We all know that spin allows us to add unpredictability and increases our margin of error. On average, an ATP professional player can reach spins of up to 2000 RPM (Rotations Per Minute). Rafael Nadal can reach over 3200 RPMs!
There are 3 forces acting on a tennis ball as it flies through the air which in combination result in the ball spin:
- Aerodynamic drag
- TheMagnus effect
In science, spin is correlated to the “Magnus Effect” which, in simple terms, relates the effect of the pressure difference across the tennis ball traveling across a medium (e.g. air).
The pressure difference generates a net force that curves the ball towards the low pressure side. For instance:
- Top spin brings the ball down
- Back spin bring the ball up hence giving the floating effect which can trick your opponents’ point of contact.
The above image depicts the spinning of a tennis ball as it flies through the air (the ball is moving into the page and spinning around an axis at an angle of φ from vertical with an angular momentum of ω radians per second). The spinning motion causes a difference in air pressure between one side of the ball and another – the Magnus effect.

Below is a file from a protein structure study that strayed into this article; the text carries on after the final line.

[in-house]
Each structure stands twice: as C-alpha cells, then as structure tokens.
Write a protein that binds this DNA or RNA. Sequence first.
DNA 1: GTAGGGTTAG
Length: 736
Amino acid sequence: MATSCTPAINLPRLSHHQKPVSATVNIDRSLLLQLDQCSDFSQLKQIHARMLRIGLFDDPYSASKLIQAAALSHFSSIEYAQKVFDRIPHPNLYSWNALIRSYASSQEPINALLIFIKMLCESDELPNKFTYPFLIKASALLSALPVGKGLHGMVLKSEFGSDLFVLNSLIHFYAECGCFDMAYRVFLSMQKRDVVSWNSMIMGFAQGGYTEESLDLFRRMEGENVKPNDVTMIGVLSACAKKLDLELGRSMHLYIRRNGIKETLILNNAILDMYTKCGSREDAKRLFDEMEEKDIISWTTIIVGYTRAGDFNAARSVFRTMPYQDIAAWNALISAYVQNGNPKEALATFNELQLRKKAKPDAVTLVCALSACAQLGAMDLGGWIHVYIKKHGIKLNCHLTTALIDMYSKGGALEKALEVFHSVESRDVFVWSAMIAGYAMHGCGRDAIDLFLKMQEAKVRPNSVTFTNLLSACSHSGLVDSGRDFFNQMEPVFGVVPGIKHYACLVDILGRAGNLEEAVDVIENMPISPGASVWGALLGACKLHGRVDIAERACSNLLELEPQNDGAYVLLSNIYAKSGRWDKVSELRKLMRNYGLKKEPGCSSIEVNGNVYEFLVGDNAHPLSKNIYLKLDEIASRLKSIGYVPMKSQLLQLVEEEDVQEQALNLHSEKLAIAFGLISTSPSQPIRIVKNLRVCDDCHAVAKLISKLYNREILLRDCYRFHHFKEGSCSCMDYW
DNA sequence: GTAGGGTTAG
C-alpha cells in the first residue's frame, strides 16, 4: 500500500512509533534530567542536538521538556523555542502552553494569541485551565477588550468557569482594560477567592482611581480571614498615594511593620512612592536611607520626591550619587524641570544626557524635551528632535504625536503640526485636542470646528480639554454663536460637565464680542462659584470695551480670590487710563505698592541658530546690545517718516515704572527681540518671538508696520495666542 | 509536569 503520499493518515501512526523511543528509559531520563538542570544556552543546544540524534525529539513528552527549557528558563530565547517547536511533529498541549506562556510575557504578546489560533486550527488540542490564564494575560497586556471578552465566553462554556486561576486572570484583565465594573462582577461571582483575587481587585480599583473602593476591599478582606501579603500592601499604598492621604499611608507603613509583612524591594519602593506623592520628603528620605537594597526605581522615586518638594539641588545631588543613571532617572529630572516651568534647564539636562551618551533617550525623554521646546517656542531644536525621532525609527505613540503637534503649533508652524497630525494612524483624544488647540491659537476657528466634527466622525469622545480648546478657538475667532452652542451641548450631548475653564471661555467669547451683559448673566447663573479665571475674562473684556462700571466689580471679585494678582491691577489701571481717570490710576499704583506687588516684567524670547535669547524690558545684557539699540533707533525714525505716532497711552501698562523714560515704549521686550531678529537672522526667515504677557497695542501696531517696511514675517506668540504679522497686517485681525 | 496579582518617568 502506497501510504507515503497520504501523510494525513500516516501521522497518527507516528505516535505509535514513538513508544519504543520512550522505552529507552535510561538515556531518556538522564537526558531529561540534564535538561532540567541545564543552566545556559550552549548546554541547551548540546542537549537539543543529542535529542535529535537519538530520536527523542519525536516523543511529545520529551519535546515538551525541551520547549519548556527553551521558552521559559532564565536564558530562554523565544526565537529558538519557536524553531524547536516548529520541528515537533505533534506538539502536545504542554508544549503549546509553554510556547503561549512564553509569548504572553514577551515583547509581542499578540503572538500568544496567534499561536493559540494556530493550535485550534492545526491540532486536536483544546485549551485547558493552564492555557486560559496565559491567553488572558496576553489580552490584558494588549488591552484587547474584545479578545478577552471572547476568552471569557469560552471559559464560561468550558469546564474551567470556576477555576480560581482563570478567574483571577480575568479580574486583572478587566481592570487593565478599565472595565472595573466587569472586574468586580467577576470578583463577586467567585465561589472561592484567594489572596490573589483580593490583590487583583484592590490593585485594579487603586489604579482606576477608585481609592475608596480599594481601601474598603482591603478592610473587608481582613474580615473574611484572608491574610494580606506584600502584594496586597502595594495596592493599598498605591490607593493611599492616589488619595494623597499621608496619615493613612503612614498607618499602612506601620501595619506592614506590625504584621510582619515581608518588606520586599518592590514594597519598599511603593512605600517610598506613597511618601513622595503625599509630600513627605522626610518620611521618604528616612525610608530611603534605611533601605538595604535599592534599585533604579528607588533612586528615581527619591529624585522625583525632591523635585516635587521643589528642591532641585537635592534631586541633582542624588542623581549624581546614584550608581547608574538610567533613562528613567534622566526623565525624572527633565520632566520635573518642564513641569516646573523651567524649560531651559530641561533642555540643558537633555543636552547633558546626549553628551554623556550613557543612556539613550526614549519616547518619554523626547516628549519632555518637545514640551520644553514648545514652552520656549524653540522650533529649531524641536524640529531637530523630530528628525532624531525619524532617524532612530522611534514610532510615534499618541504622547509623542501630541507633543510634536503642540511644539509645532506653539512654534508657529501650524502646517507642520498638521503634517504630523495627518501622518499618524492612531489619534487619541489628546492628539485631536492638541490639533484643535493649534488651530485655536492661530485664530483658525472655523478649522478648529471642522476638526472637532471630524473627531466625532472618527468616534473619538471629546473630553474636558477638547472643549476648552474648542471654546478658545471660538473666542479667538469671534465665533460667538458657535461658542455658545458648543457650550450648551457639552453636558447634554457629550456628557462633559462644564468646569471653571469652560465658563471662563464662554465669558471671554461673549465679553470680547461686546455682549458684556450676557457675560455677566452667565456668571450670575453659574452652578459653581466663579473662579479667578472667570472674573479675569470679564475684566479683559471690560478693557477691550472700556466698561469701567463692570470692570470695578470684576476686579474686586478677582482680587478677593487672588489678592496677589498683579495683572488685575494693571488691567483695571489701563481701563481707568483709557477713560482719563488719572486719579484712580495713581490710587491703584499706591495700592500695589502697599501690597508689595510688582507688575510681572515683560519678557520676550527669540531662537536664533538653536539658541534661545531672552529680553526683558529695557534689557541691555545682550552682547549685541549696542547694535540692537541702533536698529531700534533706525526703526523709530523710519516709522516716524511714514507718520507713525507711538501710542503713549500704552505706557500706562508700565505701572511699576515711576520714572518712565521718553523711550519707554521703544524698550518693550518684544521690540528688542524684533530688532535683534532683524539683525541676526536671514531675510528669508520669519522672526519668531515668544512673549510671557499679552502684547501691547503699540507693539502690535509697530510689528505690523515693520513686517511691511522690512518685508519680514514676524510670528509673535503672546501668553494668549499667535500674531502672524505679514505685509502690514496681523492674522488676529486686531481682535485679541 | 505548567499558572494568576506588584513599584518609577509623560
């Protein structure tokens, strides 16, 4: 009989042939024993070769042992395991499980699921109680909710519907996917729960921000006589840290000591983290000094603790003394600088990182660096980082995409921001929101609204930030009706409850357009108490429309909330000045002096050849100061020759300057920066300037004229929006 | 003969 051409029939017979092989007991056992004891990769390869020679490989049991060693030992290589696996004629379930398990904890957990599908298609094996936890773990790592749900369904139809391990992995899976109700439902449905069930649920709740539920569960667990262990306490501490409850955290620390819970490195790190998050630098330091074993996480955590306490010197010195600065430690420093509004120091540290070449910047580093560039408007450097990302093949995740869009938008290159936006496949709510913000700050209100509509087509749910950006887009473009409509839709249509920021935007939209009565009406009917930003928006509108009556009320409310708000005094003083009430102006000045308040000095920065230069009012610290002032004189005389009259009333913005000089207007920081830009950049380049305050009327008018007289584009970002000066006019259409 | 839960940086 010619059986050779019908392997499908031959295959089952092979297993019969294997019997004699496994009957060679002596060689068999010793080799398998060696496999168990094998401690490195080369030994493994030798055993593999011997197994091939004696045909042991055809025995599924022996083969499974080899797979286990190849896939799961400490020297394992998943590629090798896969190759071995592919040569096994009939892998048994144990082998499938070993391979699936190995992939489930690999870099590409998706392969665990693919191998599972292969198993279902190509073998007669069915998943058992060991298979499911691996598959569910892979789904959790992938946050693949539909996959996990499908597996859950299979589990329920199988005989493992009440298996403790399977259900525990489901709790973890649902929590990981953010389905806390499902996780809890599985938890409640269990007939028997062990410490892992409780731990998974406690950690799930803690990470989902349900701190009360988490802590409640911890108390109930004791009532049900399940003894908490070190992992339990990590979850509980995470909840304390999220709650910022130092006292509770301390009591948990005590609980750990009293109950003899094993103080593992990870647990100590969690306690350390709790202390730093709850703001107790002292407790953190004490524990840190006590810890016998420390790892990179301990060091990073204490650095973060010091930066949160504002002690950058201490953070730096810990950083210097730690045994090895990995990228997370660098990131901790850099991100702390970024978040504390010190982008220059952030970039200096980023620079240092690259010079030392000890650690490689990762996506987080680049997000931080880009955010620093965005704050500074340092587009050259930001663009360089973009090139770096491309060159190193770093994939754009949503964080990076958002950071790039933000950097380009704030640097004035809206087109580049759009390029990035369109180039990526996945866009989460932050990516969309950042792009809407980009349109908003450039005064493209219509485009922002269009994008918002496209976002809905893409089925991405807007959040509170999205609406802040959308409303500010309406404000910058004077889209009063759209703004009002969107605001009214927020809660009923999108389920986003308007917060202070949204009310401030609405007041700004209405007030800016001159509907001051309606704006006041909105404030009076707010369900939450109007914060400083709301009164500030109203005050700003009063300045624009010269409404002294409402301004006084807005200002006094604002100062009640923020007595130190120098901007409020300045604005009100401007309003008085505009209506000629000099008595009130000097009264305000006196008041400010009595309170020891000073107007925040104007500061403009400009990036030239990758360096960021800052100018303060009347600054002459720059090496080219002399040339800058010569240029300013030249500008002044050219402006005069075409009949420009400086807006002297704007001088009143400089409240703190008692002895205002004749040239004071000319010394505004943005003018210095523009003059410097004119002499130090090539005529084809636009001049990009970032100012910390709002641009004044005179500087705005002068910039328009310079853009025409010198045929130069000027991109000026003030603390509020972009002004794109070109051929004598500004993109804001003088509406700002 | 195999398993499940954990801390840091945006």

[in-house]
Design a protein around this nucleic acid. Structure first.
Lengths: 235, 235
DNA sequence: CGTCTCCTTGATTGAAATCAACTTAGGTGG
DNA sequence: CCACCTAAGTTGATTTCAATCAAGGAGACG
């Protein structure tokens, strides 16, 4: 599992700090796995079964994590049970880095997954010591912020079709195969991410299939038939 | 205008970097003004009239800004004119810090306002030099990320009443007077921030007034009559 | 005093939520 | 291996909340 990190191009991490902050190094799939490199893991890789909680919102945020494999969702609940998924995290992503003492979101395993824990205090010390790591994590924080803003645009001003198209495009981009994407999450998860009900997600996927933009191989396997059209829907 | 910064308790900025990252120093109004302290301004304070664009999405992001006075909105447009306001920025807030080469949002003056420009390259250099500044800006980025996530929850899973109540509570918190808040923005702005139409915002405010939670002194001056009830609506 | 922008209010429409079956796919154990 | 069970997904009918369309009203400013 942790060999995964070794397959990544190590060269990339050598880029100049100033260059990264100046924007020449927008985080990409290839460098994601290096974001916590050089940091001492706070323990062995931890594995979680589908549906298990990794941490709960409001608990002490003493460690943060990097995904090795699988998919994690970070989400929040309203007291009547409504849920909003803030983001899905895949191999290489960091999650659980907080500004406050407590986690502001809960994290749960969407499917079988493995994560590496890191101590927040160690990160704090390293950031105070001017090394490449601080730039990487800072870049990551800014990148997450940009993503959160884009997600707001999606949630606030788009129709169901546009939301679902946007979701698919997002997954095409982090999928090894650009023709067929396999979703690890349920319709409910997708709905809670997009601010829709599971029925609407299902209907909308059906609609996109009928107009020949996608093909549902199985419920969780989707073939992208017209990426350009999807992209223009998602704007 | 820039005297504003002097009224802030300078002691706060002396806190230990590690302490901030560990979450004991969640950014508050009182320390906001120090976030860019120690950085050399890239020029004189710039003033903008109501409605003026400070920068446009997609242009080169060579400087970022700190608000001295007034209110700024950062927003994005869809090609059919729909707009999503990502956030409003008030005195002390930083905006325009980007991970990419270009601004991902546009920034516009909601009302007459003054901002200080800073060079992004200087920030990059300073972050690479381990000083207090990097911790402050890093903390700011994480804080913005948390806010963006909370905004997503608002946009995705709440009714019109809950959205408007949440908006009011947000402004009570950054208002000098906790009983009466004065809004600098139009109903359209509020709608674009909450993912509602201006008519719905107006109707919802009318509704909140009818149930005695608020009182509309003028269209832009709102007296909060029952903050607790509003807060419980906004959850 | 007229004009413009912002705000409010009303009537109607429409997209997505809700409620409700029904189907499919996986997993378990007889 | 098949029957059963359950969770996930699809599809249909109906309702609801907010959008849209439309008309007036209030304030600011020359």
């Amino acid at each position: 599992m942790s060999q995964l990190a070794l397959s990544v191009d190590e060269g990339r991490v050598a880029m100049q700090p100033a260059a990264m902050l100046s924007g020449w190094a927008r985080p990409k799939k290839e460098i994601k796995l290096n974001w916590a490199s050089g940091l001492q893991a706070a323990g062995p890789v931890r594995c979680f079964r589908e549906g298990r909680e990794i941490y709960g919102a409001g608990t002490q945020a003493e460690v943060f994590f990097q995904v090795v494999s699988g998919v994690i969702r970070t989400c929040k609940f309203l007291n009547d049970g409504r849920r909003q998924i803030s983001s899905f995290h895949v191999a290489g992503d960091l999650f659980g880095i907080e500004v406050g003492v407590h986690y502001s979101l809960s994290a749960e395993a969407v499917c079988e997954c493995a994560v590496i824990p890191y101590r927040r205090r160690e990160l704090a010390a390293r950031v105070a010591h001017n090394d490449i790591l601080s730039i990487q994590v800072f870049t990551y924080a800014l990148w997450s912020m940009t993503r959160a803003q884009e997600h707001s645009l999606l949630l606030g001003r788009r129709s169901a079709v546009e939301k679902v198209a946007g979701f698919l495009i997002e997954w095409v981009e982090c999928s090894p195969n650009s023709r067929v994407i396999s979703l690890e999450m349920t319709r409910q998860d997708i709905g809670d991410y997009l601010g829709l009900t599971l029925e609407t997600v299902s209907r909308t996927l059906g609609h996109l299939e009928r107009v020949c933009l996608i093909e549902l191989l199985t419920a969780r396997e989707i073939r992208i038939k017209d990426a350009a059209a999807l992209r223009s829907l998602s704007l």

The angle of deviation, θ from the straight line to your intended impact spot, is
is the vertical angular velocity (how fast the ball spins, measured in radians per second)
u is the ball’s initial speed as it leaves the racket
A and B are constants that depend on the drag coefficient of the air and the straight-line distance from the player to the impact point.
The tennis ball trajectory with respect to a straight line at an angle of θ determines the spin effect on the tennis ball:
- A larger musically likes slice spin results in a wider shot with respect to the angle.
A slice serve occurs when the ball is hit with side spin, causing the tennis ball to curve dramatically to the direction of the spin applied.